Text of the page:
The Reserve of Aïr and Ténéré is the last bastion of Saharo-Sahlien wildlife in Niger. The isolation of the Aïr and the fact that very few people live there account for the survival of numerous species that have been eliminated from other regions in the Sahara and Sahel.

Habitats range from fixed dunes to stoney gravel desert, cliff valleys, canyons, high plateaus and water holes.

6. Salonga rain forests

Salonga National Park is Africa’s largest tropical rain forest reserve. The park, situated at the heart of the central basin of the Congo River, is isolated and accessible only by water. It contains the remarkable evolution of both species and communities in a forest area.

The park plays a vital role in climate regulation and the capture of carbon. It also hosts numerous threatened species like the pygmy chimpanzee, the bush elephant and the Congo peacock.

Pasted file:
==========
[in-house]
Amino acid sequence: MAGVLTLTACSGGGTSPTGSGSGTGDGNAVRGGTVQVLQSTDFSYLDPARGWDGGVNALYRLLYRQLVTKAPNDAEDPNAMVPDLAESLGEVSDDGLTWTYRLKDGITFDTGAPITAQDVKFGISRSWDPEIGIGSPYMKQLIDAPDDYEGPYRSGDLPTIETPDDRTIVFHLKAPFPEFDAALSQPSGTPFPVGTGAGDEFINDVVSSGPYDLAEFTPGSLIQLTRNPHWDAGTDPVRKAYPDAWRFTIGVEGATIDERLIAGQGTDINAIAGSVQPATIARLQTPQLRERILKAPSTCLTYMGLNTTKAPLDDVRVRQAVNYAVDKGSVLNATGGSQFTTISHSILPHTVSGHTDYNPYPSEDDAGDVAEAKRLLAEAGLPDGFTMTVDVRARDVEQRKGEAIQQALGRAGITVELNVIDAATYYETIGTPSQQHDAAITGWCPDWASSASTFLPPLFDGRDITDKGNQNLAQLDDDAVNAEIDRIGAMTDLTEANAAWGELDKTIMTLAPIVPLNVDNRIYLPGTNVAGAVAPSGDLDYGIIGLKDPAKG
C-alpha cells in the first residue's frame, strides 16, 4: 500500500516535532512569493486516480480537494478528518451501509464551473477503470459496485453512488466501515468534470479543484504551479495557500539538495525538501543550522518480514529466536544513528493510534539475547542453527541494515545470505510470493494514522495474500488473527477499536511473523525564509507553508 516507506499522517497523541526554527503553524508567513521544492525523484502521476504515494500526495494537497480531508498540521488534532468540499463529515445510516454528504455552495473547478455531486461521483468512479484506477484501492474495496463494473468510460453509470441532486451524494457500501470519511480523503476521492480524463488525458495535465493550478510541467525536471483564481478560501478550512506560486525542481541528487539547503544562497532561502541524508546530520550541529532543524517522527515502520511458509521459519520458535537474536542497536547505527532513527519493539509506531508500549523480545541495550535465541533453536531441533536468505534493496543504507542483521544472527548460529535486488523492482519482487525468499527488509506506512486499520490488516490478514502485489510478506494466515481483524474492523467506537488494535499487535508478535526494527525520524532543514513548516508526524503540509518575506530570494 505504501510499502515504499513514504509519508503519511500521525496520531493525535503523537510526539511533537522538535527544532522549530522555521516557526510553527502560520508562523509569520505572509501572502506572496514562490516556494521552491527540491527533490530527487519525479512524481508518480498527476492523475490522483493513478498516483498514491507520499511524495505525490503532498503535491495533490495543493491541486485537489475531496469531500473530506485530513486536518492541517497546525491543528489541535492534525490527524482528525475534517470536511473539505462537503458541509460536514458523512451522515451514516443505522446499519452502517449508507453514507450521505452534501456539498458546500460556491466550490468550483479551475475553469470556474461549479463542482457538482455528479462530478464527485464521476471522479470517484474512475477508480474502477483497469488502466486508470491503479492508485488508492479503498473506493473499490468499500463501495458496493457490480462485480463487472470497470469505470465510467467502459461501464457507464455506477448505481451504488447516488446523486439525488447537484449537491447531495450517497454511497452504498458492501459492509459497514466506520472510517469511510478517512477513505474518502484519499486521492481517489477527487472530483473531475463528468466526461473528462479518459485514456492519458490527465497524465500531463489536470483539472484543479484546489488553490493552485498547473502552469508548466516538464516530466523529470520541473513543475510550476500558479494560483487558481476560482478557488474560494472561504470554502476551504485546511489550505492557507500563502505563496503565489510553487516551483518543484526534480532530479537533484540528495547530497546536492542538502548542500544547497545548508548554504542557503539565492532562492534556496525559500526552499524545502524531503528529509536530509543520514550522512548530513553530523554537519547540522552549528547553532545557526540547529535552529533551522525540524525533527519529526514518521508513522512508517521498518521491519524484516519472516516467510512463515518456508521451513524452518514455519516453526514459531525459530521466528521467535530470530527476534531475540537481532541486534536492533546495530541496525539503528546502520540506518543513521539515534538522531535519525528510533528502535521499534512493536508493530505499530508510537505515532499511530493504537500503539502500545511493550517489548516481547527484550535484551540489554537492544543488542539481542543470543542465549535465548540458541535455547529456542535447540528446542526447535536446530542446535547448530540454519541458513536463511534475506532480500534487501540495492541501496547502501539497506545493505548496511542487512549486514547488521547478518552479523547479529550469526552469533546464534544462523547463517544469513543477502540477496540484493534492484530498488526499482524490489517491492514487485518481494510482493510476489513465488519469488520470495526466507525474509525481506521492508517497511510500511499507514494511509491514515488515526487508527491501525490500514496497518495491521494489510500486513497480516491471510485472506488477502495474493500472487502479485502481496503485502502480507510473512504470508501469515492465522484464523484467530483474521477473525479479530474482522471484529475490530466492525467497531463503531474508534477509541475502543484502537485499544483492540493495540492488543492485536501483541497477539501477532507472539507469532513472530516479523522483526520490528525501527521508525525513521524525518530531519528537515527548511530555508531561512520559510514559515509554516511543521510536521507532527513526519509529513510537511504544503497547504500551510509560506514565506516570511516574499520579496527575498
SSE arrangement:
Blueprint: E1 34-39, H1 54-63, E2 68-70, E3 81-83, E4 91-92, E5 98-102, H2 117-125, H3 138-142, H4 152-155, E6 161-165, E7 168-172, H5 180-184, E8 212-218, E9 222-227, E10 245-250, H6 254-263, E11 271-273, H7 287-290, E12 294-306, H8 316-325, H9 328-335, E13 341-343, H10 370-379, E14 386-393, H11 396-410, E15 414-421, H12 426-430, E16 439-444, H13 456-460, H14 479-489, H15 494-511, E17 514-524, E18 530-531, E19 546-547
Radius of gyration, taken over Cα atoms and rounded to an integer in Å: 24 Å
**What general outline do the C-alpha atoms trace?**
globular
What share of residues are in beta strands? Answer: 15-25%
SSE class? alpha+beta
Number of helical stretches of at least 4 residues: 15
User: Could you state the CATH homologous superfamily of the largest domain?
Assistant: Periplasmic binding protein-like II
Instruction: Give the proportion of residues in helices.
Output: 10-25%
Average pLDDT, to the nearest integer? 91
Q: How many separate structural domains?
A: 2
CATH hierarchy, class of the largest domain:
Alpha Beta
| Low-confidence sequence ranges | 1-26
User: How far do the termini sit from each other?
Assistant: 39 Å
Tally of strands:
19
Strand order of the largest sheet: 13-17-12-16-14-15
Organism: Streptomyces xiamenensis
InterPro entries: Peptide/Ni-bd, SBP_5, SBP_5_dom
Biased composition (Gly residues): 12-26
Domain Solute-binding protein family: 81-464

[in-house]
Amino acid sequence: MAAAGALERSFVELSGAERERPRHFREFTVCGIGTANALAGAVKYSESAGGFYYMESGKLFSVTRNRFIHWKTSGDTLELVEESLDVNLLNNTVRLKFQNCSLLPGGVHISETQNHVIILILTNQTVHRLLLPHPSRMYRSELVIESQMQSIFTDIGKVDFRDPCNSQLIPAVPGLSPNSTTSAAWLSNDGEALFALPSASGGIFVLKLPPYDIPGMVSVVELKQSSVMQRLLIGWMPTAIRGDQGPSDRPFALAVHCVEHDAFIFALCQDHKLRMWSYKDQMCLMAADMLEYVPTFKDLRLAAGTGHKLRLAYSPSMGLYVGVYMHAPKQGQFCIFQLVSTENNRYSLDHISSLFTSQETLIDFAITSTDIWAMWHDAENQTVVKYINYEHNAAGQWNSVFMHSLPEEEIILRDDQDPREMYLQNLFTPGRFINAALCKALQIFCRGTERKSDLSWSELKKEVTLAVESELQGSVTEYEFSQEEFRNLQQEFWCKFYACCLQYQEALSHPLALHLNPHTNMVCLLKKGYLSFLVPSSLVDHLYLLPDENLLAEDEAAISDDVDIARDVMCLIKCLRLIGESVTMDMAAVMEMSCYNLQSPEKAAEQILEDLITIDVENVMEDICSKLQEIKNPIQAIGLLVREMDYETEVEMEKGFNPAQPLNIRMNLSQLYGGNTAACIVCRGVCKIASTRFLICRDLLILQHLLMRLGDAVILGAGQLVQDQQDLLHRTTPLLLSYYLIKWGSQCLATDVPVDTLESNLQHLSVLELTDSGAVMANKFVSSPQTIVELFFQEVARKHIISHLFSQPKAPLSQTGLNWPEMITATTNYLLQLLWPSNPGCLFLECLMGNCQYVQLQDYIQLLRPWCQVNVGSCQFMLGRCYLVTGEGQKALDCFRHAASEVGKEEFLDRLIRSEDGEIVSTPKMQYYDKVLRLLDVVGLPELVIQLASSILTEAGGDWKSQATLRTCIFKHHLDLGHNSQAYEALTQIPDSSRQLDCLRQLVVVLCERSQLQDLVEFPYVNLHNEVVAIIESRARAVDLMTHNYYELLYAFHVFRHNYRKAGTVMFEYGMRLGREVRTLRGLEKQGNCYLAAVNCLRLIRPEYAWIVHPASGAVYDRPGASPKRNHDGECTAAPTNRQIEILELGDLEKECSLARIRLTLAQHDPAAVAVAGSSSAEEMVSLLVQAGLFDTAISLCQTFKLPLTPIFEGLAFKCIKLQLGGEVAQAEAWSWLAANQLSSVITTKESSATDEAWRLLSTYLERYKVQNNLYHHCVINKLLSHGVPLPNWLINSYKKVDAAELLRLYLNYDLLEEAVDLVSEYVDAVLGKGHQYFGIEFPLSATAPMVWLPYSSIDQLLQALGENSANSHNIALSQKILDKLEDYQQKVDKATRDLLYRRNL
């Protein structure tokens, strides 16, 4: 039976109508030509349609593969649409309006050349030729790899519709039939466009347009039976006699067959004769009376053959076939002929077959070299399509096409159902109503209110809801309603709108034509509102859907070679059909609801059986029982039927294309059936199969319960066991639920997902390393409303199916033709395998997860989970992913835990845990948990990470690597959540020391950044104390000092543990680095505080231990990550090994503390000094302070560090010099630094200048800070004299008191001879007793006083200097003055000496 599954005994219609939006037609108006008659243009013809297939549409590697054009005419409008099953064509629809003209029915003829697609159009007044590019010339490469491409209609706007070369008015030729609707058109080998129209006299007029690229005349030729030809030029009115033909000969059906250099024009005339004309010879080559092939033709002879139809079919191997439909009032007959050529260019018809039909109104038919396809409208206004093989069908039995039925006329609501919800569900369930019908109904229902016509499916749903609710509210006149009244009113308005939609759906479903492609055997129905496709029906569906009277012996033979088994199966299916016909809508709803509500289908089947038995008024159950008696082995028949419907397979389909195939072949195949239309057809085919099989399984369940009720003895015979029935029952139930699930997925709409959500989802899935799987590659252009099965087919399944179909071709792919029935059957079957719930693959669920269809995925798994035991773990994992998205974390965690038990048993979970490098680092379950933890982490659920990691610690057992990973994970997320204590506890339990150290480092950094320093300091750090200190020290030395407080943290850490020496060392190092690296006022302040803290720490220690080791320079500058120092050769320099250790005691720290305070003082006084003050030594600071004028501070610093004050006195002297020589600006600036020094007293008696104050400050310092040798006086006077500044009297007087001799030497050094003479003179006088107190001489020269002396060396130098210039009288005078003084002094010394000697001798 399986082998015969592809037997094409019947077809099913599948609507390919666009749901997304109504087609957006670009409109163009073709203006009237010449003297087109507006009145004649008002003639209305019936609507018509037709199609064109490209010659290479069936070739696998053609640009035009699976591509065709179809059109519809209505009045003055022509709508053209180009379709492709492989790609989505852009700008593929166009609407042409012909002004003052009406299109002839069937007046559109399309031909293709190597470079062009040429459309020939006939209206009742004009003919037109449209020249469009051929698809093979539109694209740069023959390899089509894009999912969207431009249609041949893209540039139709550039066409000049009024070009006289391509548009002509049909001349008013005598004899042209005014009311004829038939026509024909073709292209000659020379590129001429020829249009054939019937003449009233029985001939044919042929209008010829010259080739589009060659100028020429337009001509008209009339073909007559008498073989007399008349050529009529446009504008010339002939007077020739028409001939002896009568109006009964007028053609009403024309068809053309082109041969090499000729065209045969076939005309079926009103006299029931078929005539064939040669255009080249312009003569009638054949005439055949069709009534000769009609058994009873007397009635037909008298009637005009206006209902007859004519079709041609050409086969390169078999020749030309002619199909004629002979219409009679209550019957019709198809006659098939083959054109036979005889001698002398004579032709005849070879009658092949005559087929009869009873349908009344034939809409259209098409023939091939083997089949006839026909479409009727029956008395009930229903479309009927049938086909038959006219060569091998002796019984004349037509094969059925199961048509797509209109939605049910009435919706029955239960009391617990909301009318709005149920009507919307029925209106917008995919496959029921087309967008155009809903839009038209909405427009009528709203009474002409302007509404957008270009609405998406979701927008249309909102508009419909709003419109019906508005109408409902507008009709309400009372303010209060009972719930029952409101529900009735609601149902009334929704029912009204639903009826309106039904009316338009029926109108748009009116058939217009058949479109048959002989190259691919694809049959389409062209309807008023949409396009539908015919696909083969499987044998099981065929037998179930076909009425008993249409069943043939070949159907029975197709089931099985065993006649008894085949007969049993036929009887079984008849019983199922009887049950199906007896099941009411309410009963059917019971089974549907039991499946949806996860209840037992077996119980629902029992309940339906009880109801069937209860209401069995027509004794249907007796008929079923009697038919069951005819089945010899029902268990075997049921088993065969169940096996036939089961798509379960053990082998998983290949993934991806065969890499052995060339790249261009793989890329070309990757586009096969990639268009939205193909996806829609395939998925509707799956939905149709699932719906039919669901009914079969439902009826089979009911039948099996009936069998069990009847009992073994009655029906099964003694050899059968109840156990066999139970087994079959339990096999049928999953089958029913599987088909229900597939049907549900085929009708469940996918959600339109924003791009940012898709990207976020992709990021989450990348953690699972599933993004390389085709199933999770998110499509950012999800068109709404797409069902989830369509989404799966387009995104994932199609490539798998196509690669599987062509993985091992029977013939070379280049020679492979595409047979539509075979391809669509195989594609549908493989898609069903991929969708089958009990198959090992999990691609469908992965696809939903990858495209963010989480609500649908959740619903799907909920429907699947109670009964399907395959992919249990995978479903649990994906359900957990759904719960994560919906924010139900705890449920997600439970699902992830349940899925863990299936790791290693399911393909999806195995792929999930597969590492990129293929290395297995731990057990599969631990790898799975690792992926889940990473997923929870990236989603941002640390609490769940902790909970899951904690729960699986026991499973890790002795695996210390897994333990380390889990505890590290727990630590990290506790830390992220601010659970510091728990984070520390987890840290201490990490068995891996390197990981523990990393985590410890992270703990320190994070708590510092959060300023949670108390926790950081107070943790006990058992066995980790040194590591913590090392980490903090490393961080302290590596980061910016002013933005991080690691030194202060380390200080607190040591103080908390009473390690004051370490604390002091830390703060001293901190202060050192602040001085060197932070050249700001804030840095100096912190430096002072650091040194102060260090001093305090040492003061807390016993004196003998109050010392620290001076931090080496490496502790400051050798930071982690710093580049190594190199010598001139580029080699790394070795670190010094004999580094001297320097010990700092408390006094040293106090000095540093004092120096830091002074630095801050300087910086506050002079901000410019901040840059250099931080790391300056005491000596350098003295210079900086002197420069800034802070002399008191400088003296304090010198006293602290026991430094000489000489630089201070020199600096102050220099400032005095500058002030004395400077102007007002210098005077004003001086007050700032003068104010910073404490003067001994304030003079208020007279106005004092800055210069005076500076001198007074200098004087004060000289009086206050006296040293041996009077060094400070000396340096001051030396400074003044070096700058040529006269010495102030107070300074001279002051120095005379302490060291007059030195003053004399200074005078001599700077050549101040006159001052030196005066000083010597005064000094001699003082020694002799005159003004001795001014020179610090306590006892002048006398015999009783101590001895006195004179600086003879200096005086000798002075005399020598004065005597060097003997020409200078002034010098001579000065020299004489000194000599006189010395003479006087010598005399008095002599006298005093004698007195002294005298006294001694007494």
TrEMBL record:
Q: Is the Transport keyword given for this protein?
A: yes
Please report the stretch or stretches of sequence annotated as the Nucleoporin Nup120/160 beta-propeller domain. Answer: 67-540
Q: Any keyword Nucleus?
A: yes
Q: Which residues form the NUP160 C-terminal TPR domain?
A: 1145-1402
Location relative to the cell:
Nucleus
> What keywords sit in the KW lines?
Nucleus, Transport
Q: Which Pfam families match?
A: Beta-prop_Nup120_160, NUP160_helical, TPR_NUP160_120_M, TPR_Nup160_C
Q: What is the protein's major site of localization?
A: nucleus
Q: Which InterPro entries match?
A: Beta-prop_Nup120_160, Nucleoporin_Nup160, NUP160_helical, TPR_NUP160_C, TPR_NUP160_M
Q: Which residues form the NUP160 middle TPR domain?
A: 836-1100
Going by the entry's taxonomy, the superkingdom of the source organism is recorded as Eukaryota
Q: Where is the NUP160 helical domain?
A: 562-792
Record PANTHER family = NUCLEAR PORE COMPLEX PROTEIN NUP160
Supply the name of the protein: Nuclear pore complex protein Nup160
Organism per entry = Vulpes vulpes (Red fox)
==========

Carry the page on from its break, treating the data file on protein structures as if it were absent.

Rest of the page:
The Congo peacock is one of the animals in the Salonga National Park. Shutterstock
Salonga National Park represents one of the very rare existing uniform environmental areas catering to specific biodiversity in central Africa. It is made up of vast marshland areas and practically inaccessible gallery forests. Some have never been explored and may still be considered as practically virgin.

7. Simien National Park, Ethiopia

The Simien National Park in northern Ethiopia is spectacular. Massive erosion over millions of years has created jagged mountain peaks, deep valleys and sharp precipices dropping some 1,500m.

The park holds global significance for biodiversity conservation because it is home to globally threatened species. These include, the iconic Walia ibex, a wild mountain goat found nowhere else in the world, the Gelada baboon and the Ethiopian wolf. The park’s spectacular landscape is part of the Simien Mountain range, which includes Ras Dejen, the highest point in Ethiopia.

The threatened Ethiopian wolf is found in the Simien National Park. Shutterstock
The wave-like plateau of the Simien Mountains is exceptional and a feature of natural beauty at its best. The spectacular scenery is considered to rival Colorado’s Grand Canyon.

This article was orginally published by The Conversation